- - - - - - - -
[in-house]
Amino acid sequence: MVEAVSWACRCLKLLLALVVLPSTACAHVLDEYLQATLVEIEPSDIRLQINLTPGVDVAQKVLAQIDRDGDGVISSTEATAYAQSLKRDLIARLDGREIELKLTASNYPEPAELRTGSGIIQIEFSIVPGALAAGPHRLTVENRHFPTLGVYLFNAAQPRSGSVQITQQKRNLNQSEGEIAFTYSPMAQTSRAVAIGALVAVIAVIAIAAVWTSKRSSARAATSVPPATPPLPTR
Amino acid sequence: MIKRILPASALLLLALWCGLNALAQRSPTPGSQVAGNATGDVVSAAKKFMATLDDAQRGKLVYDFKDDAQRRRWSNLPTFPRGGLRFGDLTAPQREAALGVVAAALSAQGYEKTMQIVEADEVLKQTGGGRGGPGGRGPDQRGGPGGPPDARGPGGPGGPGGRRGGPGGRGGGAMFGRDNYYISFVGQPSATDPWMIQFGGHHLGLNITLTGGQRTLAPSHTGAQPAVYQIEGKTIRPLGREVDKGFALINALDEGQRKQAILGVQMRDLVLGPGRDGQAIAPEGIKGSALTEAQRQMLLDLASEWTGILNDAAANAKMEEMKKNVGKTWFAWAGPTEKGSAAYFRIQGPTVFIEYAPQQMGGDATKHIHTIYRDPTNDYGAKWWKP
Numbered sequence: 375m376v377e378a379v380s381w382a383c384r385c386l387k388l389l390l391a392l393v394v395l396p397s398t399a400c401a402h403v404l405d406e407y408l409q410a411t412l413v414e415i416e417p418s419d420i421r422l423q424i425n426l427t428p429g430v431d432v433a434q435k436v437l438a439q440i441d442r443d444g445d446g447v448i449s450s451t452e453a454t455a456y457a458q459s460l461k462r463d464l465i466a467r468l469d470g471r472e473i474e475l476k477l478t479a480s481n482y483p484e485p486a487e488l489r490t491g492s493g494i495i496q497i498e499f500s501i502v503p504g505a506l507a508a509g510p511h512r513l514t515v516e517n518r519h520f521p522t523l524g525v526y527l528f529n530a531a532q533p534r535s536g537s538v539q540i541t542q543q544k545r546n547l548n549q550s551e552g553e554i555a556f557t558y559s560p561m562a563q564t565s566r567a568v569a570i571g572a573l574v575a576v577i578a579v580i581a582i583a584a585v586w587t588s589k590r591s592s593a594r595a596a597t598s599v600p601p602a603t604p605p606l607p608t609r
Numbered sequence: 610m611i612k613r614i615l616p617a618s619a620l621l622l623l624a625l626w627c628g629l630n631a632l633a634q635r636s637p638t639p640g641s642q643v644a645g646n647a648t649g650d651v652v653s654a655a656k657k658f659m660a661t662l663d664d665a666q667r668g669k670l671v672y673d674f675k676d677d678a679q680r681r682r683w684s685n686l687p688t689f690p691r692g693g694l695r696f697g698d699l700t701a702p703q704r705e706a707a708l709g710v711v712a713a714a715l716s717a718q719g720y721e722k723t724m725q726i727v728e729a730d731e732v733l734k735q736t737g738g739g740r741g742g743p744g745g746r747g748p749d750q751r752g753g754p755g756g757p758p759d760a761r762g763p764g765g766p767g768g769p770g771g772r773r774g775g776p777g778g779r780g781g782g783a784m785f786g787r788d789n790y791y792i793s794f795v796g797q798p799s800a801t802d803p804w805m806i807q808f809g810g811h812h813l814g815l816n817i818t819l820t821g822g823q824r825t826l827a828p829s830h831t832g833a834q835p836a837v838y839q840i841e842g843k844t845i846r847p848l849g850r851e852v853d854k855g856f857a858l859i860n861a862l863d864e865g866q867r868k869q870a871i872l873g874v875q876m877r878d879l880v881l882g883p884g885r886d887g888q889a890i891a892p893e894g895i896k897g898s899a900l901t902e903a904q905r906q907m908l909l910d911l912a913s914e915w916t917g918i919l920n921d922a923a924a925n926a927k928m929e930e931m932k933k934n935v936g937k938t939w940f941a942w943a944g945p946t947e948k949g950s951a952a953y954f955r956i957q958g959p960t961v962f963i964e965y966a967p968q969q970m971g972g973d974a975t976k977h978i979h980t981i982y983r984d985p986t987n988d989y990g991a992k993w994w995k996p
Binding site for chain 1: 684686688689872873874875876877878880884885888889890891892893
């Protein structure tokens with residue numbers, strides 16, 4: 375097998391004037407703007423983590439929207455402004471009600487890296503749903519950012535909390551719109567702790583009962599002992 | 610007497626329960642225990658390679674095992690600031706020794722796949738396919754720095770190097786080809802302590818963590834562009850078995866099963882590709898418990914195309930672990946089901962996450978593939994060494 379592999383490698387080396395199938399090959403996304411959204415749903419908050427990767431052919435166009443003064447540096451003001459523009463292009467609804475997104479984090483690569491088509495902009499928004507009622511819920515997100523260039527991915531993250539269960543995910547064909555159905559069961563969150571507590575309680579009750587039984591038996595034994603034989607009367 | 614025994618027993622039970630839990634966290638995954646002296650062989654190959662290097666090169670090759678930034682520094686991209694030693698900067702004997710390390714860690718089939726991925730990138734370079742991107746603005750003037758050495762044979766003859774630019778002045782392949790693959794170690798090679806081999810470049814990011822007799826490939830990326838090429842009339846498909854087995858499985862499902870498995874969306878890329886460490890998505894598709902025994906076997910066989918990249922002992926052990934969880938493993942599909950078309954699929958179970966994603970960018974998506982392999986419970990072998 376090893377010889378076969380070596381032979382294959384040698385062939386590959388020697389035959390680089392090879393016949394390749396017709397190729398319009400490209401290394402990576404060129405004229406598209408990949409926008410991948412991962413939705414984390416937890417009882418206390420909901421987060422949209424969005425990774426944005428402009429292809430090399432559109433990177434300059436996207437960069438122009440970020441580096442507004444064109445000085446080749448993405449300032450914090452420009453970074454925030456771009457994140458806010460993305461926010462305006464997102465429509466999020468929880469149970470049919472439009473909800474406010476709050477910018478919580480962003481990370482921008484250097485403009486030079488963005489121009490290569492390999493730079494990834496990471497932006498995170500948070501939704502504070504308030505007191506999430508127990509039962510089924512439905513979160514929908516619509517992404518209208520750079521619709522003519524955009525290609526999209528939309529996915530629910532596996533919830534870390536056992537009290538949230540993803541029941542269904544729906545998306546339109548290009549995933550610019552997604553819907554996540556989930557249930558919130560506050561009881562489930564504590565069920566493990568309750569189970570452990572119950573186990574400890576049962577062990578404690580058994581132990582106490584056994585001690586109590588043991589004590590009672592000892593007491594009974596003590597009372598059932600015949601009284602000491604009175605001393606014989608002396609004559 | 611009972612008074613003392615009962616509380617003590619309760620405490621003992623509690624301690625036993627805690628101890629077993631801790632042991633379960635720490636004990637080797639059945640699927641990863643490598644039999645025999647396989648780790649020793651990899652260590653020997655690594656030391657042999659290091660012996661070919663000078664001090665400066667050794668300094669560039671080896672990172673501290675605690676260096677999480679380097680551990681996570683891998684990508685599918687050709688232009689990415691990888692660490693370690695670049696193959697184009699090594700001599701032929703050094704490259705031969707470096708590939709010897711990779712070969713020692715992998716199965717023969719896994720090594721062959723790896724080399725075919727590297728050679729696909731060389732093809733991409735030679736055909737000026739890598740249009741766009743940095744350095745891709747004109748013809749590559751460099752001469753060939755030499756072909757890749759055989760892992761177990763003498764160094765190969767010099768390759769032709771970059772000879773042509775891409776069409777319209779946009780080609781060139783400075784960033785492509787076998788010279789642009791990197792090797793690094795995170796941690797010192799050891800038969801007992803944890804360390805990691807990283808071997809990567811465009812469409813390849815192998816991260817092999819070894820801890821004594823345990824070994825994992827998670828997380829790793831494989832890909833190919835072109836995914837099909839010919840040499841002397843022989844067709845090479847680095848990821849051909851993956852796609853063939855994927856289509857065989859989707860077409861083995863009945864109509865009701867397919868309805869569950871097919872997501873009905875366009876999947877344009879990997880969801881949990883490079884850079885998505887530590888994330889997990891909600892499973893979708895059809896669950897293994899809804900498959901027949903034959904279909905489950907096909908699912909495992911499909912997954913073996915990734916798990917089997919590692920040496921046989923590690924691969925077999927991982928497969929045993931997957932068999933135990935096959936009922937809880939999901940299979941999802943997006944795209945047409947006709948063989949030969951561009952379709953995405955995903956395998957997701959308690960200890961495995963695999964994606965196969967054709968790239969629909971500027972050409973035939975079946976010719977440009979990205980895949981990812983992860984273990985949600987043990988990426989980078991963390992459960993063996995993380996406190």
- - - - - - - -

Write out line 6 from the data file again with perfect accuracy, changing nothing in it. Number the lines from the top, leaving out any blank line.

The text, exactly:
Binding site for chain 1: 684686688689872873874875876877878880884885888889890891892893